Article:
Tips for Working With International Clients
One of the wonderful things about being a consultant in Northeast Wisconsin is there are so many great companies in our area. The beauty of technology and our inter-connected globe means you can have customers and clients anywhere. Not only has my company acquired customers in the Midwest and across the Unites States, but we have gained customers in other countries as well.
In my time as a consultant, I've learned quite a few things working with International customers. Here are a few tips that will enable you to deliver excellent customer satisfaction, even if those customers are, literally, on the other side of the world.
Time Difference - One of the biggest challenges in working internationally is the time difference between you and your clients. When you have a customer call write down what time it is for each one of the people on the phone that is in a different country. Be sure that if it is 8:00 a.m. in the United States when you start the call, you realize it is 10:00 p.m. in Hong Kong and your client would most likely rather be getting ready for bed. This will help you focus on what needs to get done in the meeting and help you keep the meeting from running long.
Know What Day It Is - When I work with a client in another country on a regular basis, I add that country's holiday calendar to my calendaring software. That way, whenever a meeting needs to be scheduled, I don't have to embarrass myself by not knowing that November 2nd is Day of the Dead in Brazil and nobody will be coming into the office. Outlook and Google calendar, two of the more popular calendaring options on the market, make this easy.
Communication Costs - Communicating overseas by phone can be expensive, especially if you are making calls several times a week for hours at a time. There are several excellent options that enable you to mitigate these costs.
In many countries, a good percentage of people are now using Skype, a software application recently purchased by Microsoft. Skype does an excellent job of enabling you to talk to several people at once. In my experiences, numerous organizations use Skype and many of them prefer it to a phone call. Obviously, all of the call participants need to be sitting at or near a computer for this to work.
Google also has voice calling options within their Gmail application. If you use this option you'll want to download Google Talk so you can quickly make a call without logging into Gmail.
Both these application require the people you want to communicate with to have the software installed. If that's not an option, or you have customers who exclusively use landlines, both Skype and Google offer the ability to buy minutes to call people directly. These rates are generally MUCH cheaper than dialing internationally over the phone.
Finally, Microsoft Lync has abilities similar to Skype and Google Talk, however there is the added benefit of being able to share computer screens and for multiple users to work on the computer desktop at the same time.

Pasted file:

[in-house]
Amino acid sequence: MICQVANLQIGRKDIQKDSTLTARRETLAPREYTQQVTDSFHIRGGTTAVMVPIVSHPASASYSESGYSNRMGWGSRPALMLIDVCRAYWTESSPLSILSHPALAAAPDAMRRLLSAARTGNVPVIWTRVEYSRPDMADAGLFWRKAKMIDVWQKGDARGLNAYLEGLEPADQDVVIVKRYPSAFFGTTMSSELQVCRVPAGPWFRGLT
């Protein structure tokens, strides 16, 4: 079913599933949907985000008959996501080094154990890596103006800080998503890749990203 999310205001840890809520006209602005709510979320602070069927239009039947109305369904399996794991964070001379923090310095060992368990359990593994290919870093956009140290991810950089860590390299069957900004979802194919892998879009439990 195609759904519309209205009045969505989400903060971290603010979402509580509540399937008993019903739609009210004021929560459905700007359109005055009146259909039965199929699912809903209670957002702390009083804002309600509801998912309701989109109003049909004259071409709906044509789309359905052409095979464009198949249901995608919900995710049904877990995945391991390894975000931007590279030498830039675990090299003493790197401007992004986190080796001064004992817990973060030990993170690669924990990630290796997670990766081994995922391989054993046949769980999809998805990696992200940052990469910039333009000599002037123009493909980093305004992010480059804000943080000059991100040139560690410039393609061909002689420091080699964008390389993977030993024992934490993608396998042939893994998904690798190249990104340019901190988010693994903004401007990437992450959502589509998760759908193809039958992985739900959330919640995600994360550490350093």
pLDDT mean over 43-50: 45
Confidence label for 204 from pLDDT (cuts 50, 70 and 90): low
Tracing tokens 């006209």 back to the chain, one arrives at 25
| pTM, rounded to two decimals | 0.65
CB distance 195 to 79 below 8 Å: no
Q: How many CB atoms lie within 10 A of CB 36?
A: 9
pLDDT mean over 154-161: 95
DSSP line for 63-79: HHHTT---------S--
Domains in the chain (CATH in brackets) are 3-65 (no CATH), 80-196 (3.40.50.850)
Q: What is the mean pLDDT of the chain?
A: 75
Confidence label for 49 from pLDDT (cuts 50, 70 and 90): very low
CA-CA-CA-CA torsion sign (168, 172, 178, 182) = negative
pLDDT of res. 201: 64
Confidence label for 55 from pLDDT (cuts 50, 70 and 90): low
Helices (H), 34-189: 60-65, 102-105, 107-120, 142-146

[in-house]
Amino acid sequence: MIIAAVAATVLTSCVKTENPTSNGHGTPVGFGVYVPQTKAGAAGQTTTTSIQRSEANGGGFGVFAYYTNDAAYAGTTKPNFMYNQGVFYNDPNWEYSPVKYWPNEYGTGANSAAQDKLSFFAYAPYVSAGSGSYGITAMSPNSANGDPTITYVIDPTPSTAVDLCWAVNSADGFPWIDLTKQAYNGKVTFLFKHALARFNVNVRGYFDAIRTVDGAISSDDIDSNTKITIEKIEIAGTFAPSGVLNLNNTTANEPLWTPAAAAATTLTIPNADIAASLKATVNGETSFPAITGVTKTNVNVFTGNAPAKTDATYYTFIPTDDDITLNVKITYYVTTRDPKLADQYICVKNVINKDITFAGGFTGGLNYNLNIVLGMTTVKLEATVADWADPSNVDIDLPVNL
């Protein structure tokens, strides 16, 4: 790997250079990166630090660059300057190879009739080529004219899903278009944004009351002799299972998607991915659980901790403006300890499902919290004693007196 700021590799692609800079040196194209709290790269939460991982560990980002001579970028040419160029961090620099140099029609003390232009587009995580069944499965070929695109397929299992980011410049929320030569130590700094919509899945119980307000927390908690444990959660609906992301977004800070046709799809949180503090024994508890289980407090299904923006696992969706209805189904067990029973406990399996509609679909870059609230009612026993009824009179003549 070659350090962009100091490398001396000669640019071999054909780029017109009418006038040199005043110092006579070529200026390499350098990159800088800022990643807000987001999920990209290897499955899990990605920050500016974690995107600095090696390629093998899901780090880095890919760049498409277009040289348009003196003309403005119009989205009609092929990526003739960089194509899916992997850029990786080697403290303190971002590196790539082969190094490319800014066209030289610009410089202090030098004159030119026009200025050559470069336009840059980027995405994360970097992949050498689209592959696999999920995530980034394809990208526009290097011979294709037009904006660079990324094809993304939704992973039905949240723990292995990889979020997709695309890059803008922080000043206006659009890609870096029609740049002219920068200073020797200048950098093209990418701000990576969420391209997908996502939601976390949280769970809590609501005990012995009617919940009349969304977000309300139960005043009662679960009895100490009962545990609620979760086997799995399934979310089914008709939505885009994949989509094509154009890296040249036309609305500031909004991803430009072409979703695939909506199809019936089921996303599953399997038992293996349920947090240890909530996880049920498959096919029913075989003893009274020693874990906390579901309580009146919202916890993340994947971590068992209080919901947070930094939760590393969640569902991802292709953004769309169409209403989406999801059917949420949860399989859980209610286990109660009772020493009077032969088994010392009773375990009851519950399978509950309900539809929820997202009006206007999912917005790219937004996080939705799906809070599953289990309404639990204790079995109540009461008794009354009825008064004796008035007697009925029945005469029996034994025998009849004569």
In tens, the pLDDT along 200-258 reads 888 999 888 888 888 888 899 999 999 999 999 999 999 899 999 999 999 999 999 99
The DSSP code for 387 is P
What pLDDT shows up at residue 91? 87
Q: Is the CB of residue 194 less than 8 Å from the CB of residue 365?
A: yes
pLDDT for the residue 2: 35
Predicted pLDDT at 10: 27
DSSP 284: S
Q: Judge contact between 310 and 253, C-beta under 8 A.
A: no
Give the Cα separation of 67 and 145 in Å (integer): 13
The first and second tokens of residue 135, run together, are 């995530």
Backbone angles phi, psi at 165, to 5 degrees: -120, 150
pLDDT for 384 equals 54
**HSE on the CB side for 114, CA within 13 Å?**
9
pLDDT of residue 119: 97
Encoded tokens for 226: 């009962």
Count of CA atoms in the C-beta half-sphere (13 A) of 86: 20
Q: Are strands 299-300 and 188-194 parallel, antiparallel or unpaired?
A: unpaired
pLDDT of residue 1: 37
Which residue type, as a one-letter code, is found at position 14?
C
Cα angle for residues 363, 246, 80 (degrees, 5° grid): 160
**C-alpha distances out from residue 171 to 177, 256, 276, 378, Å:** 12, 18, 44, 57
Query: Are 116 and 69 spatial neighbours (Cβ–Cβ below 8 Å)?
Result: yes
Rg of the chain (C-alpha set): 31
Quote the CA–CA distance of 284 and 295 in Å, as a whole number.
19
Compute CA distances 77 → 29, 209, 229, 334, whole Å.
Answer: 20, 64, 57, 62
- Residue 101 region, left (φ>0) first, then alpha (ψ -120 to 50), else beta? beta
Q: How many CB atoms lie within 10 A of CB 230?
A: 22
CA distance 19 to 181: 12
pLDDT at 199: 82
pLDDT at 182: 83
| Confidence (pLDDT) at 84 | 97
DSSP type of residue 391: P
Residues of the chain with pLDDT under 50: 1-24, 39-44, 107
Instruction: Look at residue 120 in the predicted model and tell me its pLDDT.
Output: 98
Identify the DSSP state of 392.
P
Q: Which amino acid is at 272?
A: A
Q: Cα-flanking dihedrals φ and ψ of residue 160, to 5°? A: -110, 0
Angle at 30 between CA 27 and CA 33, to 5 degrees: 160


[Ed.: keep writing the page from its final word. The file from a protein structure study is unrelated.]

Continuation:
There are many other options available for effective communication such as Instant Messaging, Google docs, Go To Meeting, and more. However, nothing beats a person to person call.
Culture - Given the size of the United States, our culture is very similar across the country. It can be very surprising to see the amount of differences in other countries, especially in Europe. For example, Switzerland has three official languages: German, French and Italian in a country the size of Vermont and New Hampshire combined.
In India, when a person shakes their head up and down, instead of it meaning yes like it would in the states, it generally means a person is saying no.
The United States is also a large country for both political and economic reasons in the world. You can almost guarantee that customers you have overseas know who the President of the United States is as well as some of our recent political news.
The reality is, if you want to be able to engage with your customer, you owe it to yourself to pay attention to what happens in the countries where they do business. Economist Magazine is a great business resource for this. It discusses the political and policy situations in many countries and will make you a better informed person when talking to clients from other parts of the world. A less expensive option is Google News, which has the ability to set the edition of the page that is displayed. So if you will be spending a week with a customer in Britain, check out the British edition of Google News for a couple of weeks before heading over there.
Remember, you are building your business ties based on your relationship ties. If you visit another country and your potential client says a dish is a local favorite, or something they are particularly fond of, they are most likely trying to introduce you to a part of their culture and share it with you. So, when visiting Scotland if a client says they love haggis and ask you to try it, be sure you do!
Working with clients overseas can be a very rewarding experience. Just be sure you are respectful of the customer and their culture and make sure you sit and listen before speaking. In today's global economy the world is your customer base!
This blog post originally appeared at [Skyline Technologies] (http://www.skylinetechnologies.com/Insights/Skyline-Blog/December-2011/Tips-for-Working-With-International-Clients)